Price inflation is hitting consumers hard all across Europe with new figures for the Eurozone putting it at a record breaking 5%. Yet this 5% average hides significant disparities between countries. Portugal has a relatively low 2.8% rate, Italy is at 4.2% whereas Spain and Belgium have much higher rates of 6.5% and 5.71% respectively. Meanwhile in some Baltic states, levels have reached a staggering 10.7% in Lithuania and 12% in Estonia with serious impacts felt on food prices.
The graph above shows how inflation rates have risen over the last ten years. It is based on the Index of Consumer Prices which is used in the Eurozone to measure consumer price inflation. This is made up of the actual prices of everyday things like food, broadband, train travel, clothes, childcare and fuel. When prices inflate, consumers’ money simply doesn’t go as far and so behaviours and buying power change.
What is pushing up inflation?
Soaring energy prices driven by high, post-Covid demand, geopolitical disagreements and unreliable supplies are driving much of the broader rate rise. The latest Eurostat figures put the energy inflation rate at 26%, compared to other components such as food, alcohol & tobacco (3.2%) and services (2.4%). However, energy costs affect much more than just heat and light in homes, expensive energy means higher costs for manufacturing, transport and food production and of running shops, leisure facilities and restaurants – all of which can get passed on to consumers. Add to this disrupted production supply chains and staff shortages as a result of the pandemic and an unsettled picture emerges.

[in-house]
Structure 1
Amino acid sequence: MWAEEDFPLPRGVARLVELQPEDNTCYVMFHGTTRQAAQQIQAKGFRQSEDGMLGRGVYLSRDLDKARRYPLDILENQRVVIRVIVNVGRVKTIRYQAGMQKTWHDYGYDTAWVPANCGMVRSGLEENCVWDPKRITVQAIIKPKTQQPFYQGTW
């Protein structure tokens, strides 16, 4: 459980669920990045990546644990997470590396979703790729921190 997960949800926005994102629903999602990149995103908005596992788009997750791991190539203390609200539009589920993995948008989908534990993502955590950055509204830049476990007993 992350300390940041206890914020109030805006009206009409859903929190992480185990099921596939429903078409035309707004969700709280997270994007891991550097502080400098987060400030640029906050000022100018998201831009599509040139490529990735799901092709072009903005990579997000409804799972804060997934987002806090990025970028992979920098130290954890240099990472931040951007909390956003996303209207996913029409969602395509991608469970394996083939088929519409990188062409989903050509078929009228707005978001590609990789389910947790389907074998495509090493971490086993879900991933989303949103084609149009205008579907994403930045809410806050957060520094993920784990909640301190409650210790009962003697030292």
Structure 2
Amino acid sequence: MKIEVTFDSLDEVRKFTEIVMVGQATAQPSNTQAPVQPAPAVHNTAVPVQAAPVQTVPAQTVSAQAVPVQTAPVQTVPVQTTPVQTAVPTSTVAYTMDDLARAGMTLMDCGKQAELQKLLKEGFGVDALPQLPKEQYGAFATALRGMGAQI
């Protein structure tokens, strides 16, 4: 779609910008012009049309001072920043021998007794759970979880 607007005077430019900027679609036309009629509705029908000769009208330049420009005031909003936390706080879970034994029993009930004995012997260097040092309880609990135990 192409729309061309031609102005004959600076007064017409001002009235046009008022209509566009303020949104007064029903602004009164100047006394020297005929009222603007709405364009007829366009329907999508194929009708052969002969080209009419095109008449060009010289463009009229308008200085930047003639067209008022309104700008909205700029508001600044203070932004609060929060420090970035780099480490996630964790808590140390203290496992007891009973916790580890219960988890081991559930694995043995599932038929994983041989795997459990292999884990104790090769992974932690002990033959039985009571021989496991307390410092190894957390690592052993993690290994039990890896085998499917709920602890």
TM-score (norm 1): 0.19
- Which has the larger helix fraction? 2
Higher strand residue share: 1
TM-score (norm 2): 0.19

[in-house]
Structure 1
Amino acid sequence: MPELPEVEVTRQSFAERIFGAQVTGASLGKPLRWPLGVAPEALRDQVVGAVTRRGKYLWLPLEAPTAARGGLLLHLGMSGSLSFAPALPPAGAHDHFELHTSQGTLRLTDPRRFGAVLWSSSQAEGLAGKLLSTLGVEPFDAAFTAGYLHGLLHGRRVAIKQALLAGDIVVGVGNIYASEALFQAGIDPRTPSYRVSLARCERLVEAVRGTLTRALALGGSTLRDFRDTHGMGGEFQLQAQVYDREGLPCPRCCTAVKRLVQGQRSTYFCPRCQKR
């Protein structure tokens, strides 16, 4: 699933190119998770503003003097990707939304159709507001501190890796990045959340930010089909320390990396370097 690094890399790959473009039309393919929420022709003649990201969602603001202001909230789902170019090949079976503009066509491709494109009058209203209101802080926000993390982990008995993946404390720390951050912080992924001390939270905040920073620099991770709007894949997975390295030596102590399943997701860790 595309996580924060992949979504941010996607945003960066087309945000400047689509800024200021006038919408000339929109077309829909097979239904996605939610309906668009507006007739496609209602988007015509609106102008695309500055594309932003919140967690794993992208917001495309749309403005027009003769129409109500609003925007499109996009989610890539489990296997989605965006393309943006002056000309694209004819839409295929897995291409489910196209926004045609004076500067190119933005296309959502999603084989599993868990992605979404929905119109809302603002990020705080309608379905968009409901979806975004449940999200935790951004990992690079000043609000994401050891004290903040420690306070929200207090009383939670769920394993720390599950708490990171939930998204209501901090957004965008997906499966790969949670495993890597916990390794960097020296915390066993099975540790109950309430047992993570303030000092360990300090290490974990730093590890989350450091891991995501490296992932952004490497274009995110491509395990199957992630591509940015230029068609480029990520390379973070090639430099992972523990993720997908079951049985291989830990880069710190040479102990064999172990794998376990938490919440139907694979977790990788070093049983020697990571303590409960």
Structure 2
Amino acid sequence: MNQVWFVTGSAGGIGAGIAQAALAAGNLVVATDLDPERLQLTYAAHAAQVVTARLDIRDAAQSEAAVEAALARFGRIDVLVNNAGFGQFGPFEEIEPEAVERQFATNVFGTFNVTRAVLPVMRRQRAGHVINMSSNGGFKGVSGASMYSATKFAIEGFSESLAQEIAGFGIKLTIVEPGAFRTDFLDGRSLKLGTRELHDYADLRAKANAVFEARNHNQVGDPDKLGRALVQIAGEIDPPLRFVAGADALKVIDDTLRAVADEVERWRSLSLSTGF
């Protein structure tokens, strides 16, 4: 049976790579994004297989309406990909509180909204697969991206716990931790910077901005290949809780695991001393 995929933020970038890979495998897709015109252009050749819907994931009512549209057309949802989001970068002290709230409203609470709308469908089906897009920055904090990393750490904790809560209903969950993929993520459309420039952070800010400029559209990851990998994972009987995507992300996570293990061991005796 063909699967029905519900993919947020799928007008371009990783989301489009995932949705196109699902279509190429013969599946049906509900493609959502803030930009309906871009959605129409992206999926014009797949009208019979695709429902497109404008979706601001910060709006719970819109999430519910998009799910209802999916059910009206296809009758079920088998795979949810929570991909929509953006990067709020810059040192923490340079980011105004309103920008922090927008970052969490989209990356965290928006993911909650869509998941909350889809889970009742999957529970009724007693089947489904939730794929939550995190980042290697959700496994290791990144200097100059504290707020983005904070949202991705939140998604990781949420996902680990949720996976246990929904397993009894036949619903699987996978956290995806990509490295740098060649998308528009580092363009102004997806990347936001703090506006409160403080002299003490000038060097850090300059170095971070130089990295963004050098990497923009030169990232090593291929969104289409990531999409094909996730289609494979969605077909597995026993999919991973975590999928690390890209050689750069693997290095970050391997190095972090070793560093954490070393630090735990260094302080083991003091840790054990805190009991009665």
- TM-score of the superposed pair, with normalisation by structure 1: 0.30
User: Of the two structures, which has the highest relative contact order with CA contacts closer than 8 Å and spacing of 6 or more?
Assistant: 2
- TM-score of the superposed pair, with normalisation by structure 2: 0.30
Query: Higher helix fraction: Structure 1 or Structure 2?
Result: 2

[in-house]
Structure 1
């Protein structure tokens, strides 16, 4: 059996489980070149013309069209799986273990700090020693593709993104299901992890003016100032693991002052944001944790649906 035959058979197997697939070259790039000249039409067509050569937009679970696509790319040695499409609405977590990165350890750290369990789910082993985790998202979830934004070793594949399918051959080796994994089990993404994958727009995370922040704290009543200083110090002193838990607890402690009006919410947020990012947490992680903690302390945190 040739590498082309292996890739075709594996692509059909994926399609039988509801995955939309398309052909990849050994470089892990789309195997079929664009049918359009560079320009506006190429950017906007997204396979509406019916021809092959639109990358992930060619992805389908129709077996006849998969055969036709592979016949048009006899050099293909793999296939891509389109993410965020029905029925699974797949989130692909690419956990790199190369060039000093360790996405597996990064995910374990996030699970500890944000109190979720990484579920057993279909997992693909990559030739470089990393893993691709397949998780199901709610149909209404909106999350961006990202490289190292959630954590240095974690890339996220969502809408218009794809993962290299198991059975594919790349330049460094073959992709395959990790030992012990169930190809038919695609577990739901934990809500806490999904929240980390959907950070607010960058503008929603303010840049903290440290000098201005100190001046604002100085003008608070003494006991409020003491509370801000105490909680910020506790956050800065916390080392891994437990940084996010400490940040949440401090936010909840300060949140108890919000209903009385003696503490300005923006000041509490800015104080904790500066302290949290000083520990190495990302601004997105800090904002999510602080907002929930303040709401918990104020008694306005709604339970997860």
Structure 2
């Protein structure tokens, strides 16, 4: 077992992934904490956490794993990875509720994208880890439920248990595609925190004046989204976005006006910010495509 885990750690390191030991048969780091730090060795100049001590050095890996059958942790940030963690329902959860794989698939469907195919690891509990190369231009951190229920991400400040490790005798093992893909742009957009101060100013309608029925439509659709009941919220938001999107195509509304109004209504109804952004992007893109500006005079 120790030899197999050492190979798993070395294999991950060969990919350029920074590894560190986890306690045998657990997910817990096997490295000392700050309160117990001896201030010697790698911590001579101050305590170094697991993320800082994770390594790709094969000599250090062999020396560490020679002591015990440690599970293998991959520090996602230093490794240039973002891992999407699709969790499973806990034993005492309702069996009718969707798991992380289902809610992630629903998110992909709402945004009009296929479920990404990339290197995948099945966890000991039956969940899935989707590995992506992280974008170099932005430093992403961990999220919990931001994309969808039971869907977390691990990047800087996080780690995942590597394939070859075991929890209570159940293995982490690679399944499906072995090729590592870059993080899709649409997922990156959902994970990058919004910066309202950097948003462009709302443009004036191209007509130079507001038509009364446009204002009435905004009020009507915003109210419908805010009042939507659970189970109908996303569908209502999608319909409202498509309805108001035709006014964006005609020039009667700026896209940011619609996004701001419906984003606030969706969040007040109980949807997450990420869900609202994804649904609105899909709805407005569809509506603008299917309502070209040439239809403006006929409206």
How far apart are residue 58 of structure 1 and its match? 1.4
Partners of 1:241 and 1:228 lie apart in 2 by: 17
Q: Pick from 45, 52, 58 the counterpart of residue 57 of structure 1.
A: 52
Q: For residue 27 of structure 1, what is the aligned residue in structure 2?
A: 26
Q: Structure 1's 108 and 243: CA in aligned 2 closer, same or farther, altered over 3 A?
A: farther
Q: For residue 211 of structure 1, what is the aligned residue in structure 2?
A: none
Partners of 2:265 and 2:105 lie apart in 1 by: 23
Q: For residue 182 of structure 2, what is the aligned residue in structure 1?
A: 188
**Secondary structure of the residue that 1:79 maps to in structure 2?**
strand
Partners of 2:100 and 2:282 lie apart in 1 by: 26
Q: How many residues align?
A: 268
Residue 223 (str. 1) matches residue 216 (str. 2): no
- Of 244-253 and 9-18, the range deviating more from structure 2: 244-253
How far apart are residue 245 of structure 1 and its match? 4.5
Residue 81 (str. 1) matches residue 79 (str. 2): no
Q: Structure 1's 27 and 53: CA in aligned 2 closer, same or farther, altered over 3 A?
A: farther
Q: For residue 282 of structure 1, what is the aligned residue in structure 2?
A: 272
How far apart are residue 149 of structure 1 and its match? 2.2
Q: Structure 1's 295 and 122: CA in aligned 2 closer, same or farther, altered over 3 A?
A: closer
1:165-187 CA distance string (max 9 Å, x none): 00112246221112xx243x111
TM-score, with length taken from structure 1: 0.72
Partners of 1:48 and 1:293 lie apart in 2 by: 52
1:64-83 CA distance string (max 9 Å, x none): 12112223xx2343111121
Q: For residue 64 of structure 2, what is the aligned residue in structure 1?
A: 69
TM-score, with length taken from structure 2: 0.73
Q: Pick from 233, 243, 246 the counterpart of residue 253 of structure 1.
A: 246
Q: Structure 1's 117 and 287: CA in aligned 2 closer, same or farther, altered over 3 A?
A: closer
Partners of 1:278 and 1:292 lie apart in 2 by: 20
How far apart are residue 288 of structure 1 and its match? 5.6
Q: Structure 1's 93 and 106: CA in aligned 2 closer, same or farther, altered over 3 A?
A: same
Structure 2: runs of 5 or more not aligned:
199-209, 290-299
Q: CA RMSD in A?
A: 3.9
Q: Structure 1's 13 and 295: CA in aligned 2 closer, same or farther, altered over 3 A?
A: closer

Is high inflation here to stay?
There is hope that inflation has reached a peak and will drop closer to the European Central Bank’s medium-term target of 2% in the next few months (which is still higher than the rates Europeans have been used to). Others are not so optimistic, with European Commissioner for the Economy Poalo Gentiloni saying that: “The factors driving high inflation in the European Union will decline, will fade, but probably not as soon as we expected.”
Regardless of debates over peaks and falls, when systemic, macro-economic factors push up prices like this, consumers are left in a precarious position as they make spending decisions to maximise the value of their money.
Euroconsumers support for consumers affected by high inflation
Like the majority of consumers, Euroconsumers member organisations are highly concerned about the inflationary prices. That’s why our teams are working hard to provide consumers with all the most relevant and accurate information about prices and how to maintain their purchasing power and avoid longer term problems:
Our shopping comparators allow people to save on price and double down on quality.
We publish explainers and videos that explain to people what’s going on in clear, concise terms. We explain the impact of inflation on different sectors of the economy, such as house rental prices.
We also provide members with expert investment advice that allows individuals to hedge their investments against inflation with a variety of strategies.
Our teams also help consumers choose the loans and mortgages that are most adapted to the current economic context. These are but a few examples of the concrete help and assistance we provide to persons who are looking to protect their money from losing its value.
Finally, we of course continue to monitor the situation and maintain direct contact with authorities to ensure that energy and other prices are kept at the lowest, most affordable price point possible. For as long as consumers are under the shadow of high inflation, we will continue to be vigilant in analysing its impact and offering direct practical support.